The barn and sheds still stood untouched; the wind must not have been blowing strongly enough, or the right way, to carry sparks or embers to them. The stock was nervous still, the ashes of the fire warm; the fire couldn't have occurred any later than last night. Buck wanted to believe it had been an accident, a lamp crashing over from a vagrant breeze, a curtain getting caught by its flame, something going wrong with the stove flue. But somehow he knew it hadn't; surely in such a case Sarah at least would still have been awake, and she'd have had time to get Adam out. And, as Chris had said, it was too early in the season for lightning. Finding JD's dog lying dead in the yard, shot through the chest, only served as a hint to the other clues that remained. The ruins stank of coal oil; somebody must have crawled up on the roof and doused the whole building with it, then thrown two or more torches up. There were fresh tracks of shod horses, six of them.
Both men were numb, in shock. They couldn't understand it. Horse thieves wouldn't burn the house; they might shoot toward it if they got caught in the act and challenged, but they wouldn't commit intentional arson. Never in almost seven years had they had any trouble with their neighbors, nor had there been any suggestion that any old enemy from either partner's gunfighting days had learned their whereabouts. Down along the Border the raids and counterraids often amounted nearly to war, but the Border was three hundred miles from here; why would bandits bypass all the tempting targets that lay between just to attack one isolated house? And it hadn't been Indians; apart from the shod hooves they found sign of booted feet and cast-off cigarette butts.
They found the charred remains of Sarah and Adam in the big downstairs bedroom, lying against the back wall as if they'd tried to get out the window and been driven back by gunfire from men posted outside. Buck could see Chris changing before him, all the light and color going out of his eyes, face turning tight and flinty. For himself, he was overwhelmed with a sick guilt. Last night. If I hadn't talked him into stayin' in Juarez, we'd been home. It's my fault. My fault. God, how am I ever gonna make this up to him? And how am I ever gonna tell JD?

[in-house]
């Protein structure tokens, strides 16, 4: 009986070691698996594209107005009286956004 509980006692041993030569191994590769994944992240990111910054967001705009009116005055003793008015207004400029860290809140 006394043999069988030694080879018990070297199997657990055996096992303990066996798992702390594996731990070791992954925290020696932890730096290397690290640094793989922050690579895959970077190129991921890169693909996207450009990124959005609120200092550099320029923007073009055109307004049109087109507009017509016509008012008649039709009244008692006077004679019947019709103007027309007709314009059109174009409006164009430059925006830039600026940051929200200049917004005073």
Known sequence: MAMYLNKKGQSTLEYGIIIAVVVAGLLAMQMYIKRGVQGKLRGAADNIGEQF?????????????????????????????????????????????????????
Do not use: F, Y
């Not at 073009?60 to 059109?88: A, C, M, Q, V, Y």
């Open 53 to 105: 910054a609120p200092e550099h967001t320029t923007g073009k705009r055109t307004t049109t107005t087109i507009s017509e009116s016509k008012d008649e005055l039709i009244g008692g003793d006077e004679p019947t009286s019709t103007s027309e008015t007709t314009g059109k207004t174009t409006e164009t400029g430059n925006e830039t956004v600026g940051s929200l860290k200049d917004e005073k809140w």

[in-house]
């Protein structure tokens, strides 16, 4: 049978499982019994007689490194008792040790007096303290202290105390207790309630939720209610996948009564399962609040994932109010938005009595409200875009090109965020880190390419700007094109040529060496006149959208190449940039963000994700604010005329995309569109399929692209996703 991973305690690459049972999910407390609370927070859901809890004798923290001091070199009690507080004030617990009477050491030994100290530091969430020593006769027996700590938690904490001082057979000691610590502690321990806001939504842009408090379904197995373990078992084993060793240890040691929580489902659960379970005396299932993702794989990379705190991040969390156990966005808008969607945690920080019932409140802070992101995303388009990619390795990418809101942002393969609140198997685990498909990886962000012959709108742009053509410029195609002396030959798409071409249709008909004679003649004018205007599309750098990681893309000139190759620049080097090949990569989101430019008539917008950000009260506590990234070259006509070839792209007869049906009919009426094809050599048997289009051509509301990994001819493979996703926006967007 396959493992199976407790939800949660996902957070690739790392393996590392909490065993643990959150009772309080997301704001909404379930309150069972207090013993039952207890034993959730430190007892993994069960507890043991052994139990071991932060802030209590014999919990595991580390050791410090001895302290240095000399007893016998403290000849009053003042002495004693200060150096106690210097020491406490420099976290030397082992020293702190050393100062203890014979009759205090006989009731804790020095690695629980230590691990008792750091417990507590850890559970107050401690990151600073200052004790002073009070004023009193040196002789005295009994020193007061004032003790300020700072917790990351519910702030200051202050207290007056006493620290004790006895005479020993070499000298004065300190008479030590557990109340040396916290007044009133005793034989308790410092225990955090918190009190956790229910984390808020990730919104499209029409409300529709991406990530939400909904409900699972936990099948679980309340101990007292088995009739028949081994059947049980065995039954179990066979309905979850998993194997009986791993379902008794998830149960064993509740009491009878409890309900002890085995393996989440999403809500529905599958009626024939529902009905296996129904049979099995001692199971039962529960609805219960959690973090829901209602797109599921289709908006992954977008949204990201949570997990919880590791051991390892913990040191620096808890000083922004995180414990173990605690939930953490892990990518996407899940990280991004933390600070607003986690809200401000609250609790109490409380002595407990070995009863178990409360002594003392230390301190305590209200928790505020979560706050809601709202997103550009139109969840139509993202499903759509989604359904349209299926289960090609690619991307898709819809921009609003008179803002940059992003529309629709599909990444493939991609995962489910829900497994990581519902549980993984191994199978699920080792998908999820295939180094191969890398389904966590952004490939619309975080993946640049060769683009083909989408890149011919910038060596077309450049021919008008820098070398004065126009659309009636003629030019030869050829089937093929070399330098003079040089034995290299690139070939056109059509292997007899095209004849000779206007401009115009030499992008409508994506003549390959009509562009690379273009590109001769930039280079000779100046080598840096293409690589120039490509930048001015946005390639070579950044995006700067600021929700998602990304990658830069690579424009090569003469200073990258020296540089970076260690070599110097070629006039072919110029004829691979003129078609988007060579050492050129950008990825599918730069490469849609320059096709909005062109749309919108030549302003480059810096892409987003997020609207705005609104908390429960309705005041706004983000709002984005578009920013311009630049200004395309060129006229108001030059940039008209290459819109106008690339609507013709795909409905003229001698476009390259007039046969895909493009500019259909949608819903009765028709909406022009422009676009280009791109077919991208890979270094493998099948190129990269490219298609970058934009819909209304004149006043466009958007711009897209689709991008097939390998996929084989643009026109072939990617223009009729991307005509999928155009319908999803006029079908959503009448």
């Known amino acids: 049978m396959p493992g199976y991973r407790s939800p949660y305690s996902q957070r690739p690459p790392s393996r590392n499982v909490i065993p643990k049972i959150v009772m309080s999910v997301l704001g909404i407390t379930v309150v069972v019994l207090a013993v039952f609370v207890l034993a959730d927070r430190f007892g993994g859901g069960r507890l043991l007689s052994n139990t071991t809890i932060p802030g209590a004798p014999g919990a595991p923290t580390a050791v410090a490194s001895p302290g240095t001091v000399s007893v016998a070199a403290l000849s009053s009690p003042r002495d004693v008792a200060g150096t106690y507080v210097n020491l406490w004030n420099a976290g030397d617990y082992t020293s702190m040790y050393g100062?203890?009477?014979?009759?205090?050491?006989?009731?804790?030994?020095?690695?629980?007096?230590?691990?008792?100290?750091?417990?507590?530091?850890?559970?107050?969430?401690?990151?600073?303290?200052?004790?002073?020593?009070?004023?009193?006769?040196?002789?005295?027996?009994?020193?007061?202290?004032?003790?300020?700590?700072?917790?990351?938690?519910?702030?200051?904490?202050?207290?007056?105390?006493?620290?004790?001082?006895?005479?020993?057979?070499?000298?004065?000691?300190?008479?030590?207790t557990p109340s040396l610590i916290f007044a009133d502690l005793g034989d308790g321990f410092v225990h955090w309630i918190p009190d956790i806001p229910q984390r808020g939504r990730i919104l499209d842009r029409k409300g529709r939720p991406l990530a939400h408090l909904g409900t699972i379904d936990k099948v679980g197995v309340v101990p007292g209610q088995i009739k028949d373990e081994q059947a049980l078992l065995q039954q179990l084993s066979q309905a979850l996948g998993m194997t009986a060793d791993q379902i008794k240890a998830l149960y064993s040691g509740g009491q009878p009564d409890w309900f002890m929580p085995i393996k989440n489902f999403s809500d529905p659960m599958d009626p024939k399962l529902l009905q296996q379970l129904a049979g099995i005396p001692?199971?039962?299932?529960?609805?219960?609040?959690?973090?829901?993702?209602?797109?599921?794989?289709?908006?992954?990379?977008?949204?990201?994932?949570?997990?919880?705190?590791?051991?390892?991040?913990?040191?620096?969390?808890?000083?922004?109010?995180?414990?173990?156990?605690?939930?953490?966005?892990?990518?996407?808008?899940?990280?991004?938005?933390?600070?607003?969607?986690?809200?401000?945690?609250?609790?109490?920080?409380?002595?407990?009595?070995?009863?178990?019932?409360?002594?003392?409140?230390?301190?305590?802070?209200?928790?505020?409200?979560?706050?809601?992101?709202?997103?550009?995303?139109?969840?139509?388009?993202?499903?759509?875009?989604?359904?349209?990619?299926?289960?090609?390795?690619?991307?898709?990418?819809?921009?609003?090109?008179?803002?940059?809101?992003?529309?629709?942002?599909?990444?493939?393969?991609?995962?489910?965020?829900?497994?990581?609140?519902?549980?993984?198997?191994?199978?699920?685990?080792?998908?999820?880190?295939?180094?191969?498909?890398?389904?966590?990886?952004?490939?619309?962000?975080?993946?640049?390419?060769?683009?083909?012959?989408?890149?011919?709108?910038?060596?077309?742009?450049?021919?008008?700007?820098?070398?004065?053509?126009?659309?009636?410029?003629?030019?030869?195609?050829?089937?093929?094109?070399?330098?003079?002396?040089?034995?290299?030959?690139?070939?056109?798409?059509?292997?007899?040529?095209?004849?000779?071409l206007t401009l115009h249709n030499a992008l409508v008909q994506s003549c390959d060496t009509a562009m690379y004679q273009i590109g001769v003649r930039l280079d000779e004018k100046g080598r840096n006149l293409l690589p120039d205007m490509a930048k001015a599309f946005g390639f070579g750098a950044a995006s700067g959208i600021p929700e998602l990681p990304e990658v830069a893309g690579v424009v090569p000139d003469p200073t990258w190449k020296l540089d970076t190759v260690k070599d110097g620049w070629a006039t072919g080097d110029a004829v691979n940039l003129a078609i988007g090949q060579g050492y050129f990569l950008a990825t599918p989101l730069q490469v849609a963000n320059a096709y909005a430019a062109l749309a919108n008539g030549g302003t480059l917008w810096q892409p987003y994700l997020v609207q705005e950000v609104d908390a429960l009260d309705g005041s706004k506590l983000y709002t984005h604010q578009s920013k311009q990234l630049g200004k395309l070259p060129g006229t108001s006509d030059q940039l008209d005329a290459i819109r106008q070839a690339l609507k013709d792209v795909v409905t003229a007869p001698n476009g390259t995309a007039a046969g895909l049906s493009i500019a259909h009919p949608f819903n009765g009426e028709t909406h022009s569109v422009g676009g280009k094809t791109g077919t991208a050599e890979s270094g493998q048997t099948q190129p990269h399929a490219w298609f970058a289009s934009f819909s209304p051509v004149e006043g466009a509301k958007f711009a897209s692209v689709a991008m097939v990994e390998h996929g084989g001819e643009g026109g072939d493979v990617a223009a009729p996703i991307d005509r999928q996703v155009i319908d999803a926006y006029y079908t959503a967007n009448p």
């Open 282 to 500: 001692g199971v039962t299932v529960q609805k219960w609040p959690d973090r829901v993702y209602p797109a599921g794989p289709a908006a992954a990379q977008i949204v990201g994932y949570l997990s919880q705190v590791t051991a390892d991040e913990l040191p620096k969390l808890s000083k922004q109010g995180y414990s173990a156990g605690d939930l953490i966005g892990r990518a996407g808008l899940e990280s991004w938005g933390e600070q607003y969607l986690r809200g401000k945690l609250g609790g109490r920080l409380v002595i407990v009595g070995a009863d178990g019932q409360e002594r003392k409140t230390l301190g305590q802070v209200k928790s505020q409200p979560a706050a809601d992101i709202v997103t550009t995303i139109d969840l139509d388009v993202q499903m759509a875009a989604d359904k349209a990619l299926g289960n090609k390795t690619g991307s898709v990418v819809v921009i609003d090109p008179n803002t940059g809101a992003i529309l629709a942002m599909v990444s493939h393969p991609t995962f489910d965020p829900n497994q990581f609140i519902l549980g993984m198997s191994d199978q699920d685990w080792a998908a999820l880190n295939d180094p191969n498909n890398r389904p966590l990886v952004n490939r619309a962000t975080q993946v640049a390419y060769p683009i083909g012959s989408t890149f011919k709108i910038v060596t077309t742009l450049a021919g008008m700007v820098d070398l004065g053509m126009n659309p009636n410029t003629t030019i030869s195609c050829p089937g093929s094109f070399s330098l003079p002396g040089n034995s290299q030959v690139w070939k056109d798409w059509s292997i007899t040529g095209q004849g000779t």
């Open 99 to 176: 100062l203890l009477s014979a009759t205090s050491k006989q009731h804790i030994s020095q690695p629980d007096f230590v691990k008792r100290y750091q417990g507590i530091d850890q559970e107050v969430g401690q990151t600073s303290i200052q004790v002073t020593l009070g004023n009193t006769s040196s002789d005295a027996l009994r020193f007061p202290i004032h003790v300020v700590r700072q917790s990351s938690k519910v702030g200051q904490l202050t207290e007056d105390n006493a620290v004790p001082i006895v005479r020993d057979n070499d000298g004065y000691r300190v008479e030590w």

They dug the graves in silence. Buck was genuinely afraid of his partner for the first time since they'd met; Chris hadn't said a word since his friend came down off the ridge with the fillies. Serve me right if he shot me. My fault. My fault. I ain't no good to nobody. Audra dies on account she's comin' out to marry me, Sarah and Adam die on account we ain't here to save 'em. My fault.
He spoke, quietly, tentatively: "You want to say the words, or me?"
Chris shook his head. "I got no words to say and no time to say 'em. I got six men to find." His voice was flat and cold, not the voice Buck had heard even as recently as twelve hours ago.
It's my fault they're dead, but I can at least help him settle accounts for 'em. I owe him that. "We got six men to find."
They turned all the stock out so it could forage for itself and set out. The trail led south, then west, up into the mountains. For a week Chris and Buck followed as best they could. The murderers had clearly known that someone would make the attempt. They had pulled every trail-hiding trick the country could afford. All that nightmare week the two men kept losing the trail and picking it up again, getting farther and farther behind. At last, in the tangle of ranges around Deming, they lost it altogether. Chris had hardly eaten or slept for the last four days. They were low on supplies, both horses were playing out and Buck's mare had thrown a shoe. "It's no good," Buck said at last, his voice thick. "We ain't gonna catch 'em. We gotta go back and talk to Sheriff Wise. He's gotta know about the fire by now. Maybe he can send out some inquiries."